Schools in Texas will be looking to Longview ISD’s Judson STEAM Academy as a model after it was named a Texas School to Watch.
The National Forum to Accelerate Middle-Grades Reform and the Texas Association of Secondary School Principals each year name Texas Schools to Watch. Judson was chosen along with around 50 other campuses in the state.
Principal Melanie Pondant said there are about 1,600 middle schools in Texas, so the honor is huge for the campus.
“When you walk into this building, there’s something here,” she said. “It’s just a really great culture, a really great climate.”
Judson will be honored as part of a virtual celebration in March with other state schools and nationally in June, Pondant said.
The campus had to fill out an extensive application with pages of data, send out surveys to staff and parents and go through an on-site visit with TASSP representatives. Pondant said the application process alone took about two months.
During the on-site visit, representatives visited every classroom, met with groups of students, teachers and parents and met with administration.
On Tuesday morning, Pondant shared the news with the staff and said the visitors were very impressed with the students.
“He said, ‘We asked the students, if Judson STEAM Academy was gone, what would you miss most?’ What do you think kids would say — band, athletics, whatever, do you know what they said? They said we would miss our teachers the most,’” Pondant said. “That speaks volumes for the staff on this campus. If I take credit in any of this, it’s being smart enough to hire all of you because you truly make this campus what it is.”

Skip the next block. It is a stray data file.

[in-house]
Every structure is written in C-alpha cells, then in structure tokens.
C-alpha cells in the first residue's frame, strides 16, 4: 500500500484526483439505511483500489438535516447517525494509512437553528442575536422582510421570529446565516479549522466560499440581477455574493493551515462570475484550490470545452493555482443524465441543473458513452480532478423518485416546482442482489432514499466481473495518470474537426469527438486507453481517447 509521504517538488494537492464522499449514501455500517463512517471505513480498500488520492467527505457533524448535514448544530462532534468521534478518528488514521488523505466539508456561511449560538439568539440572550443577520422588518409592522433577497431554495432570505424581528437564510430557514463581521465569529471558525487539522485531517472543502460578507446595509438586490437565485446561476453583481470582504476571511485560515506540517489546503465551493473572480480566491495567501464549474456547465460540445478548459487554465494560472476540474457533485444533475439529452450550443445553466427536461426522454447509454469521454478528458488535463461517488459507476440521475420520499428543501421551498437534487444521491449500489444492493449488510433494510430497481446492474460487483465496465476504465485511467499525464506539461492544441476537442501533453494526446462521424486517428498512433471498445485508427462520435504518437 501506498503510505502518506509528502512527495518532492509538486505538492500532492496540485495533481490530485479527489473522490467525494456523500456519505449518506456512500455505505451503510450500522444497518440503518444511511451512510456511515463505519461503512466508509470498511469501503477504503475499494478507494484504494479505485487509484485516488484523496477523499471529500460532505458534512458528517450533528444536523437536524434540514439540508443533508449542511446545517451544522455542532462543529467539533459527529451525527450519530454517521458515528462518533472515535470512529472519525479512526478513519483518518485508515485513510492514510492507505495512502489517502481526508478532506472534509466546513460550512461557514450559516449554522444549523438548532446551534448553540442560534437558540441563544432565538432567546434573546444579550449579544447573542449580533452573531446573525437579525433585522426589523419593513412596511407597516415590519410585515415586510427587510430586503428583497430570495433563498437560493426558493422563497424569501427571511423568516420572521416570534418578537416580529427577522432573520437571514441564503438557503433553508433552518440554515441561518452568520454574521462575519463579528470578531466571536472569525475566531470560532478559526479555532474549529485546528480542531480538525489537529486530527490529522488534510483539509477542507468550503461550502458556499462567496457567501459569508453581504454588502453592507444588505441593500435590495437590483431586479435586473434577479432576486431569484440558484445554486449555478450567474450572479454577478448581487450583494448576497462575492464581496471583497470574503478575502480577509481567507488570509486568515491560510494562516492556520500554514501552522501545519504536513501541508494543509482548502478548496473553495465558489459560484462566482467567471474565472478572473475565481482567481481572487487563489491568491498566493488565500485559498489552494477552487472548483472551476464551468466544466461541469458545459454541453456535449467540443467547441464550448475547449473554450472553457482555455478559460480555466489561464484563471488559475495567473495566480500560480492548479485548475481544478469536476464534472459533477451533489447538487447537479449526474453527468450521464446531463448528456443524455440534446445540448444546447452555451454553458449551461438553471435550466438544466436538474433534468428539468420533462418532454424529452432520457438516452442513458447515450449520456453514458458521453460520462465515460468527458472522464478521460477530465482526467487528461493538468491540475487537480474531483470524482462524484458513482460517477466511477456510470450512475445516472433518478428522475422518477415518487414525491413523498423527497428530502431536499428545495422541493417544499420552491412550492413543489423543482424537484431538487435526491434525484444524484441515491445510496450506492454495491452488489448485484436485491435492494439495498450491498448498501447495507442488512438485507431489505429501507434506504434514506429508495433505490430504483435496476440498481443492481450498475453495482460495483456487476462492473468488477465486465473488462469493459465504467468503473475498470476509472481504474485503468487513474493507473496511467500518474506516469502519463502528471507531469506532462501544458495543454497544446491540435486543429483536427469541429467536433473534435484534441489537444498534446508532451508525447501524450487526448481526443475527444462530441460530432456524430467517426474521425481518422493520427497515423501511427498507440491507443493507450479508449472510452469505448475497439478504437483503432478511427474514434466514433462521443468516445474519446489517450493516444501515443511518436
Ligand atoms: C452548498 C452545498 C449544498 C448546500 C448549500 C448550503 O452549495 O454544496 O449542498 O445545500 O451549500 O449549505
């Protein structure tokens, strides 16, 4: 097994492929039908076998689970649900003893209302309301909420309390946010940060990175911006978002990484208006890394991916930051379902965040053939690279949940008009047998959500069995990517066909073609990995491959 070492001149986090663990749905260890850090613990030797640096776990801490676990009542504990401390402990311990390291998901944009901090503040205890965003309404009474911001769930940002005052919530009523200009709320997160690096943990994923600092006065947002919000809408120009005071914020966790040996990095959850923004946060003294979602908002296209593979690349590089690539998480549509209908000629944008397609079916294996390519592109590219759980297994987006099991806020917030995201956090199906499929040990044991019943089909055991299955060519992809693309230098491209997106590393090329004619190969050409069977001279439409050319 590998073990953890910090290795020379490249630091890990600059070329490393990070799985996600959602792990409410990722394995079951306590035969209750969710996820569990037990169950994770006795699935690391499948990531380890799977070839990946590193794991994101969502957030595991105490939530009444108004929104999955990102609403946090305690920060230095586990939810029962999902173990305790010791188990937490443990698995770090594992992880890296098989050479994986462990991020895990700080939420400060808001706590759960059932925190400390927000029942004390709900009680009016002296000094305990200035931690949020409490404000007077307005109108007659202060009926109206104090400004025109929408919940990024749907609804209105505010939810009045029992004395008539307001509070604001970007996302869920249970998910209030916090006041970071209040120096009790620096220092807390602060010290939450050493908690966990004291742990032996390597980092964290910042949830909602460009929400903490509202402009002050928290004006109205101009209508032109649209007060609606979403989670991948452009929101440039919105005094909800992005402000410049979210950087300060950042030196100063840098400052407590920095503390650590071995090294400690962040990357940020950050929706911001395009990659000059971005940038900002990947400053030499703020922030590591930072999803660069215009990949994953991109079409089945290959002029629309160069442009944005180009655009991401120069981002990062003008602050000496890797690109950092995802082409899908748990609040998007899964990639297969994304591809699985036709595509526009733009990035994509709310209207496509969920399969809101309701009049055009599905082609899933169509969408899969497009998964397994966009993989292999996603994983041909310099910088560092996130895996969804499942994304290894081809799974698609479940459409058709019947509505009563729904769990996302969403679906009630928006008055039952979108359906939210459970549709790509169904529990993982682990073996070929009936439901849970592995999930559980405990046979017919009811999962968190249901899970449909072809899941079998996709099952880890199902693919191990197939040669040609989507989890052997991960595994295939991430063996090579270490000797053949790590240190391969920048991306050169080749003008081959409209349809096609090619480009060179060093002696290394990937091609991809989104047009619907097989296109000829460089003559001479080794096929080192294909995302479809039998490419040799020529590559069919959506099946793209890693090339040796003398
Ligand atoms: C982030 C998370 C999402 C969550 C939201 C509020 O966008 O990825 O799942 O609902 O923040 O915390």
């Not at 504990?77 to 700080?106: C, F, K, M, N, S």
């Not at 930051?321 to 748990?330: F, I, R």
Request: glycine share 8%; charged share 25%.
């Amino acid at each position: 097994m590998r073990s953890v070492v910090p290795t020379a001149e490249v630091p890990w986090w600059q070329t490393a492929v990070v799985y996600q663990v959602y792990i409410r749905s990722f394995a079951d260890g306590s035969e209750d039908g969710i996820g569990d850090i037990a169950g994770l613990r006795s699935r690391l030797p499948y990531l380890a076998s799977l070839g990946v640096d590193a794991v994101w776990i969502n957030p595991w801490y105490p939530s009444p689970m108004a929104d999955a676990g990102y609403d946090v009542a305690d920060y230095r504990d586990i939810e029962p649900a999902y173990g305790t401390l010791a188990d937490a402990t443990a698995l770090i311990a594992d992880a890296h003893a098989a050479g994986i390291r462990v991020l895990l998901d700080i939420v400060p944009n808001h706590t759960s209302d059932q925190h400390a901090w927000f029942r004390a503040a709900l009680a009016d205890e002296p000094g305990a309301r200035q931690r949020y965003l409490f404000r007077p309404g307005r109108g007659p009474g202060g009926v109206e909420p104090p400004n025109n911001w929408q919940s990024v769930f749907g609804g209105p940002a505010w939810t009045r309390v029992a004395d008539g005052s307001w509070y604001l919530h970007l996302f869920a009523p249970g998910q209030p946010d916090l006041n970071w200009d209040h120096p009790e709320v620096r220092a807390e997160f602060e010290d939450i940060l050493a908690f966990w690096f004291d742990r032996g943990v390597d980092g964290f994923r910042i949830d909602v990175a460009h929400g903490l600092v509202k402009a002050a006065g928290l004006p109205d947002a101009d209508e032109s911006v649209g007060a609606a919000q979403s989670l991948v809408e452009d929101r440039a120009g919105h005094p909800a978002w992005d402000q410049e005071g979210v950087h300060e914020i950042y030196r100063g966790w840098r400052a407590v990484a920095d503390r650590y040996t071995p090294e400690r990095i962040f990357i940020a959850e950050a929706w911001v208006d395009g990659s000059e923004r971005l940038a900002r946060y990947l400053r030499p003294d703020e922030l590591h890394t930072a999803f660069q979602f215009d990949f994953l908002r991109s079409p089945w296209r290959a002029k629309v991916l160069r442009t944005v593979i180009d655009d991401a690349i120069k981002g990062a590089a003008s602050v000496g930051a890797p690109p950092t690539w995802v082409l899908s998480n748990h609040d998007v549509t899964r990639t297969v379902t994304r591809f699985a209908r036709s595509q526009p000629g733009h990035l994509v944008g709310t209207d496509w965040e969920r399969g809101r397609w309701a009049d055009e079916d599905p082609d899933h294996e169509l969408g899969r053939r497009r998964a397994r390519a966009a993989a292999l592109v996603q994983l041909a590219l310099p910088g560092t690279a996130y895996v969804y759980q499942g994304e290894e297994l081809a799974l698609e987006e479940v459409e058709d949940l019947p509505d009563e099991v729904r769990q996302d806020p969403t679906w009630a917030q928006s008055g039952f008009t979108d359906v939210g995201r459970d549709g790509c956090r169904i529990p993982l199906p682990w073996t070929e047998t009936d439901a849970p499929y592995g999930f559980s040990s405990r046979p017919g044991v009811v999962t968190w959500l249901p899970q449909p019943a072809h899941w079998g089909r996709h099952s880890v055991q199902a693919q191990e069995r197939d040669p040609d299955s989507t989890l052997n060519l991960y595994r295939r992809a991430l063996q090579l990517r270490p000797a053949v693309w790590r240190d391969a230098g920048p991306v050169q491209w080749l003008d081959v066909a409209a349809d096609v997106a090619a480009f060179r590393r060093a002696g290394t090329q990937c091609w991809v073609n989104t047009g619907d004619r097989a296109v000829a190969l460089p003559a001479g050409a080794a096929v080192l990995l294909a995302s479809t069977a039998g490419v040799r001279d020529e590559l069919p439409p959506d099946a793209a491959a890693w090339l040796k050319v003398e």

Seventh grade English and reading teacher Amy Bruyere said the honor is rewarding for her and her fellow teachers.
“Being a teacher and in education is always a challenge, there’s really exciting challenges and sometimes the challenges of the days where you’re like, ‘Oh my gosh, we’ve got make it though this,’” she said. “But I think these moments are the moments we go, ‘You know, it’s just great to know that you really are making a difference,’ and this year has been even more of a challenge with COVID.”
Bruyere, who is new to Longview ISD this school year, said the school’s commitment to reach all students sets it apart.
“I think they do a really good job here of targeting our students who are learning at all different levels — our students who come from different cultures, our students who come from different socioeconomic backgrounds,” she said. “I think here, there’s a lot of attention placed on what can we do to reach each one of those groups at whatever level that needs to be, and I see that in academic and social and all kinds of different ways that we try to reach out to students.”
Assistant Principal Mary Taylor said the recognition is validation for the staff.
“It’s great for them to be recognized, and for the students,” she said. “We pride ourselves on being a flagship campus, one that is a model campus for others to look at and say, ‘OK, I want to model what they’re doing.’ I feel like that’s what’s going to come out of this and we’ll continue to grow.”